This year Avalon's hair turned from brown to blonde. There was an election. There was chemotherapy and a party for Maddie when it was successful and over. There was fading barbecue smoke. There were brightening lights, numbing waters, sinking boats, broken trees, drifting kelp beds, visitors, lost GoPro Cameras, speeding tickets, new friends, new boards, bruised egos, changed minds, pictures of most of it, more sleep, more messes, and 365 sunsets. Of course, that isn't all.

January. I took my first trip without the baby to San Francisco for Basia's birthday wearing a troll mask. While the El Nino weather mostly hit northern California, we did see some signs of it here. One particular storm that caused our canary palm tree to fall on the neighbor's car, sunk our family boat the same day. 
February. After taking the trip up north without Avalon, I felt brave enough to try skateboarding again. I haven't stopped since. With Maddie in the middle of her chemo treatment and chaos erupting around us, I started feeling like I needed a sign that it wasn't all downhill from here. That my childhood dread that adulthood was going to suck way more wasn't true. I felt like I was beginning to question and lose sight of everything I knew until a quiet morning when the baby slept and the drapes danced.

March. Even with the dancing drapes and the warming weather and the crawling, laughing baby, my mind always felt like it was with Maddie. She began sharing some of her stories here so others could understand her experience. Scott and Avalon and I took a trip to the desert with friends. My dreams let me escape from some the the continued chaos around my family. And this quote... "Promise me you will not spend so much time treading water and trying to keep your head above the waves that you forget, truly forget, how much you have loved to swim." by Tyler Knott Gregson gave me perspective.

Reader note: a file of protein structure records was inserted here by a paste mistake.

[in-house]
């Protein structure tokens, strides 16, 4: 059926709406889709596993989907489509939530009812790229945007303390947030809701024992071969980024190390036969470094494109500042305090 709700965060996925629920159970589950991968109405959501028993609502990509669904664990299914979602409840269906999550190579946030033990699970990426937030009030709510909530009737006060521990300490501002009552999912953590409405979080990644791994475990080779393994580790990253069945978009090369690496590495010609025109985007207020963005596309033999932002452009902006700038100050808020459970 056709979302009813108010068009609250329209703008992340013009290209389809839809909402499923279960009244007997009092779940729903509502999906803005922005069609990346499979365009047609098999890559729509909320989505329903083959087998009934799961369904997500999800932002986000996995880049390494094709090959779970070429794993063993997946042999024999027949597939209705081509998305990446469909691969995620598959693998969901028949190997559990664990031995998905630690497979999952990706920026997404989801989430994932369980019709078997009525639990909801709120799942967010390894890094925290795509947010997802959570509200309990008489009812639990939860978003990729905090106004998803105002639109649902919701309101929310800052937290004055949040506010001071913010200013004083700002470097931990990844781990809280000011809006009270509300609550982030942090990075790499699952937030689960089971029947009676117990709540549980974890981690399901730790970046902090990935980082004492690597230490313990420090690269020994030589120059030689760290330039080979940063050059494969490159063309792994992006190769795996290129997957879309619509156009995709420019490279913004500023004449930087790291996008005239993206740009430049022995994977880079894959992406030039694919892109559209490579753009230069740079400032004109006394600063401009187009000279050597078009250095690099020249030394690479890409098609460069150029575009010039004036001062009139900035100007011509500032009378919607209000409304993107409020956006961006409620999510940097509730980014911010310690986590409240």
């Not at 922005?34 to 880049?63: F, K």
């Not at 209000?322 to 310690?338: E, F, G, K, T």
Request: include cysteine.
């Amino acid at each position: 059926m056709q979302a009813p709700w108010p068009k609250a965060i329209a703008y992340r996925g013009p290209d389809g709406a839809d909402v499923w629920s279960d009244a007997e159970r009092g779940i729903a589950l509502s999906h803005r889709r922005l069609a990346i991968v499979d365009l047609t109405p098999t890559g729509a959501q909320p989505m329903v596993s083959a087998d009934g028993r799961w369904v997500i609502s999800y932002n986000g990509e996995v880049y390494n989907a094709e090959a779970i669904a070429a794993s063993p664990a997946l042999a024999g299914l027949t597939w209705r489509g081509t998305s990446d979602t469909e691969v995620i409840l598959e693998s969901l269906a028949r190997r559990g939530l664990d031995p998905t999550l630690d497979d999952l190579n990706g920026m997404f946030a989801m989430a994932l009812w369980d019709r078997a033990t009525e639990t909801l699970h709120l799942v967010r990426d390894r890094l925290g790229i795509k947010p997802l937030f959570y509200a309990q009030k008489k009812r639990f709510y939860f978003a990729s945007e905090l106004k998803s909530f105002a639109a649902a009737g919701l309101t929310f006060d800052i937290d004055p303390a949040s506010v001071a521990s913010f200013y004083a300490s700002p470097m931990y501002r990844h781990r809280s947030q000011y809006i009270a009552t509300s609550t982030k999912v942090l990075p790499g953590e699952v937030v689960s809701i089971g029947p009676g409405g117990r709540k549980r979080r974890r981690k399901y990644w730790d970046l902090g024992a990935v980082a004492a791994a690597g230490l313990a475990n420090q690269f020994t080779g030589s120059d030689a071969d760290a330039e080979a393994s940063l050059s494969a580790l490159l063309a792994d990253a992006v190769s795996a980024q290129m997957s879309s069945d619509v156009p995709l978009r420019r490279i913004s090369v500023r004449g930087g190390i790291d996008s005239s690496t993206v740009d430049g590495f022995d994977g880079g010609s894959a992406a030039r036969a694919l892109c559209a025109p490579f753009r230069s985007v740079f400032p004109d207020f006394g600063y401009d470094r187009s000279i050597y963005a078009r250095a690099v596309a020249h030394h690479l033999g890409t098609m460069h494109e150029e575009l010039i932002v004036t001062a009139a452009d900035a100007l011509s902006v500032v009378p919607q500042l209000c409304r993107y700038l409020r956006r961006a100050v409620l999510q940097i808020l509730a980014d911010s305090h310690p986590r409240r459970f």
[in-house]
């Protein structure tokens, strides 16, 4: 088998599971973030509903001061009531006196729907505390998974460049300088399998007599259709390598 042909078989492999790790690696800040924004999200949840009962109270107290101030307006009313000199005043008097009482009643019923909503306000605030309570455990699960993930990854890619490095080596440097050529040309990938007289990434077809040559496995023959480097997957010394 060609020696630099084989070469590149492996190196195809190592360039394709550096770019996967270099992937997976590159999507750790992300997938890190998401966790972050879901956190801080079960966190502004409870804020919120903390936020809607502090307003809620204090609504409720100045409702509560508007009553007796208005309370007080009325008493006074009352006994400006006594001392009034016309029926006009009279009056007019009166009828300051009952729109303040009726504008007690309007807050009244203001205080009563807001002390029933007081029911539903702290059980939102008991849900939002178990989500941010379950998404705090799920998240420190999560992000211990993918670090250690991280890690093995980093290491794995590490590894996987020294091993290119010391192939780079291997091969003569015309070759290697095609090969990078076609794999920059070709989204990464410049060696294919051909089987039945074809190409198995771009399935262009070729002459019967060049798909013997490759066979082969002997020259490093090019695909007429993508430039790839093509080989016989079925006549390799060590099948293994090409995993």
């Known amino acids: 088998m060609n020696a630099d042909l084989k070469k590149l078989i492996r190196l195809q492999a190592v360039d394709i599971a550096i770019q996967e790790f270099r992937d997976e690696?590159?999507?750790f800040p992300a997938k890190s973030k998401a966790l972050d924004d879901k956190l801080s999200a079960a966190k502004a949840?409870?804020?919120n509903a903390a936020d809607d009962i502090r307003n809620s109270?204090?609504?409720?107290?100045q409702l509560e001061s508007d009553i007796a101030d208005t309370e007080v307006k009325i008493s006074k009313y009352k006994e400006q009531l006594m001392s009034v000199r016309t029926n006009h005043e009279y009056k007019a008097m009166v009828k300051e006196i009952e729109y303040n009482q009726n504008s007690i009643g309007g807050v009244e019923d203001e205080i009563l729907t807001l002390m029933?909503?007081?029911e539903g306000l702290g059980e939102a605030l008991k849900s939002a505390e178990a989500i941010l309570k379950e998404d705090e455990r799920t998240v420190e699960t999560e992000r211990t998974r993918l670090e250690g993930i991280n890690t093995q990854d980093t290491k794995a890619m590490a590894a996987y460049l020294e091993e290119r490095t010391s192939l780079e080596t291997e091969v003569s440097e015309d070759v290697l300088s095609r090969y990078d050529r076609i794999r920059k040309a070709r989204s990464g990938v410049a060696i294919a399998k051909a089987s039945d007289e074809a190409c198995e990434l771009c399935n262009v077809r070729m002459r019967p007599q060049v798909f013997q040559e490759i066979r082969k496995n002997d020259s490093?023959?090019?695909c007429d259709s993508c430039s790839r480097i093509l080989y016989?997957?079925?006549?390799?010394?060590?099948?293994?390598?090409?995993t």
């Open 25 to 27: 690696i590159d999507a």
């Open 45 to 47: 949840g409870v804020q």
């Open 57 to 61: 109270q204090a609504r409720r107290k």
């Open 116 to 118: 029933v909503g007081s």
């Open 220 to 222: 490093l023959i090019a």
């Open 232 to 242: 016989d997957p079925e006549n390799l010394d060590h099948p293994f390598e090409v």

May. I wrote a letter to Avalon and a poem about the wilderness that we named her after.
June. We saw Iron and Wine in concert. They only played their new album, a cardinal sin if there ever was one. Maybe I packed up my frustration about that and brought with me to Texas where I threw an ice cube at a DJ. Back on the home front I found the tool I needed so Basia and I could bead necklaces and we had a party to celebrate Maddie's last chemo treatment. 
August. We drove up north to Eureka to hide in the mountain hills from internet service and the government with Aunt Liz, Uncle Thomas, Basia and Phil. I talked story about surfing (what's new?) and wrote about critics and artists.
October. Halloween, another letter to a very present baby, another water story. Maddie shared the third and fourth chapters to her cancer story.
November. I noticed that after all the difficulties and newness this year had brought,  I was actually excited that my life had changed. Then we went to Santa Cruz.
And now it's December and it's cold and bright. 

I have two conflicting feelings. One is that there is never enough time for everything and the other is that there is just enough. I am so glad and grateful, I am. But there have been times this year where I heard songs playing and I felt like I could only hear the sad instruments, the low keys on the piano predicting the worst. But not now. Not this month that resoundingly punctuates a year where one of the very smallest and best of us beat the odds; stood right in the face of death and darkness and cried and wept and then kept going.

There are some days, many that I had within the bookends of this year, where we feel like we are held together by string and other people and some days we know that if none of that was there we could still find something to laugh about.

When we were walking into the hospital to visit Maddie after she got hot-tub folliculitis we had a cooler full of beer and wine to watch The Bachelorette and the whole thing tipped, ice and Pacificos clambering on the Purell soaked floors, right in front of the security guard and we all just started laughing hysterically.

So here we are, on the eve of a year with a lucky seven, with so many feelings and hopes and plans and spill-able drinks. When I was out surfing I thought about how life kind of ends up seasoning us like a wok or a cast-iron skillet.

And then I think: life will always be exactly as good as it is now, only more so.